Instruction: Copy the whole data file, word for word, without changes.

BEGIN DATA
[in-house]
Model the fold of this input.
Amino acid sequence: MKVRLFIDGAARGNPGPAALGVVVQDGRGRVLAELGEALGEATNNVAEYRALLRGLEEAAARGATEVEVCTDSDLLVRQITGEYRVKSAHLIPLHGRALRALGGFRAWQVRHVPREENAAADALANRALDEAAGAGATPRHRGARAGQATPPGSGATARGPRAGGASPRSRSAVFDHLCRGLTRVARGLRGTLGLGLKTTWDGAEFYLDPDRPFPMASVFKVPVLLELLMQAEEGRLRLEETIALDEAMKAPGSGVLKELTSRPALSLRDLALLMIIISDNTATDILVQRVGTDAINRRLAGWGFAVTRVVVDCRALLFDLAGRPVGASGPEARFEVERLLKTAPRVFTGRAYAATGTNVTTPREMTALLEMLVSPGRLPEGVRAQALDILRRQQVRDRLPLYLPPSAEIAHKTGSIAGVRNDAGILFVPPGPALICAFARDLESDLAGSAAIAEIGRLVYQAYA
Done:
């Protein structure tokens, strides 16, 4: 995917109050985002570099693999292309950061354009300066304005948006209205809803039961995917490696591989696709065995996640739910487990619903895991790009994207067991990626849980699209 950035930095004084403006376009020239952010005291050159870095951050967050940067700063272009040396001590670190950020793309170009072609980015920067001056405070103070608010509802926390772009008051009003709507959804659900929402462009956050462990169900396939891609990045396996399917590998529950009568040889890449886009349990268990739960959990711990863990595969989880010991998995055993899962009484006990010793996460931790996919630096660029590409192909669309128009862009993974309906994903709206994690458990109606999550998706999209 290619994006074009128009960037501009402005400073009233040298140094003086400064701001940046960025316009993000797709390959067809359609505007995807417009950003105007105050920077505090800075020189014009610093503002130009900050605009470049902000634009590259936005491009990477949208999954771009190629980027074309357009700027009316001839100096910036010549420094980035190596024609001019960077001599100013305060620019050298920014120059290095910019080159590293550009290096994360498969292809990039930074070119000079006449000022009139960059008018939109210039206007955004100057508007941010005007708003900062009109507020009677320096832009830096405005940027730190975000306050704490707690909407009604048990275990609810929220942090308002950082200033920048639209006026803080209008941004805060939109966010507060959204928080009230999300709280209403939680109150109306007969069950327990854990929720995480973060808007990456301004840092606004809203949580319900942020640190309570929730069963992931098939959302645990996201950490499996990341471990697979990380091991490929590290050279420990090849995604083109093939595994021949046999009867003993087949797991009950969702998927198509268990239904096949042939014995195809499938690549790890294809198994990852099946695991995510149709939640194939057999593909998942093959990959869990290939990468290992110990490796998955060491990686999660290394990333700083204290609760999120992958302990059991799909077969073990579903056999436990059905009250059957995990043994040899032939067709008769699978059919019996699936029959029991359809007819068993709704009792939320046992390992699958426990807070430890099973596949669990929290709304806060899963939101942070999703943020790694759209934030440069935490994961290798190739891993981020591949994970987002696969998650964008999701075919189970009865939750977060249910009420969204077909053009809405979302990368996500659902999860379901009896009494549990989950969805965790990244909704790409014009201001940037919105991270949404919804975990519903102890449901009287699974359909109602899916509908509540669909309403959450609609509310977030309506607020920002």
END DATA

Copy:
[in-house]
Model the fold of this input.
Amino acid sequence: MKVRLFIDGAARGNPGPAALGVVVQDGRGRVLAELGEALGEATNNVAEYRALLRGLEEAAARGATEVEVCTDSDLLVRQITGEYRVKSAHLIPLHGRALRALGGFRAWQVRHVPREENAAADALANRALDEAAGAGATPRHRGARAGQATPPGSGATARGPRAGGASPRSRSAVFDHLCRGLTRVARGLRGTLGLGLKTTWDGAEFYLDPDRPFPMASVFKVPVLLELLMQAEEGRLRLEETIALDEAMKAPGSGVLKELTSRPALSLRDLALLMIIISDNTATDILVQRVGTDAINRRLAGWGFAVTRVVVDCRALLFDLAGRPVGASGPEARFEVERLLKTAPRVFTGRAYAATGTNVTTPREMTALLEMLVSPGRLPEGVRAQALDILRRQQVRDRLPLYLPPSAEIAHKTGSIAGVRNDAGILFVPPGPALICAFARDLESDLAGSAAIAEIGRLVYQAYA
Done:
């Protein structure tokens, strides 16, 4: 995917109050985002570099693999292309950061354009300066304005948006209205809803039961995917490696591989696709065995996640739910487990619903895991790009994207067991990626849980699209 950035930095004084403006376009020239952010005291050159870095951050967050940067700063272009040396001590670190950020793309170009072609980015920067001056405070103070608010509802926390772009008051009003709507959804659900929402462009956050462990169900396939891609990045396996399917590998529950009568040889890449886009349990268990739960959990711990863990595969989880010991998995055993899962009484006990010793996460931790996919630096660029590409192909669309128009862009993974309906994903709206994690458990109606999550998706999209 290619994006074009128009960037501009402005400073009233040298140094003086400064701001940046960025316009993000797709390959067809359609505007995807417009950003105007105050920077505090800075020189014009610093503002130009900050605009470049902000634009590259936005491009990477949208999954771009190629980027074309357009700027009316001839100096910036010549420094980035190596024609001019960077001599100013305060620019050298920014120059290095910019080159590293550009290096994360498969292809990039930074070119000079006449000022009139960059008018939109210039206007955004100057508007941010005007708003900062009109507020009677320096832009830096405005940027730190975000306050704490707690909407009604048990275990609810929220942090308002950082200033920048639209006026803080209008941004805060939109966010507060959204928080009230999300709280209403939680109150109306007969069950327990854990929720995480973060808007990456301004840092606004809203949580319900942020640190309570929730069963992931098939959302645990996201950490499996990341471990697979990380091991490929590290050279420990090849995604083109093939595994021949046999009867003993087949797991009950969702998927198509268990239904096949042939014995195809499938690549790890294809198994990852099946695991995510149709939640194939057999593909998942093959990959869990290939990468290992110990490796998955060491990686999660290394990333700083204290609760999120992958302990059991799909077969073990579903056999436990059905009250059957995990043994040899032939067709008769699978059919019996699936029959029991359809007819068993709704009792939320046992390992699958426990807070430890099973596949669990929290709304806060899963939101942070999703943020790694759209934030440069935490994961290798190739891993981020591949994970987002696969998650964008999701075919189970009865939750977060249910009420969204077909053009809405979302990368996500659902999860379901009896009494549990989950969805965790990244909704790409014009201001940037919105991270949404919804975990519903102890449901009287699974359909109602899916509908509540669909309403959450609609509310977030309506607020920002």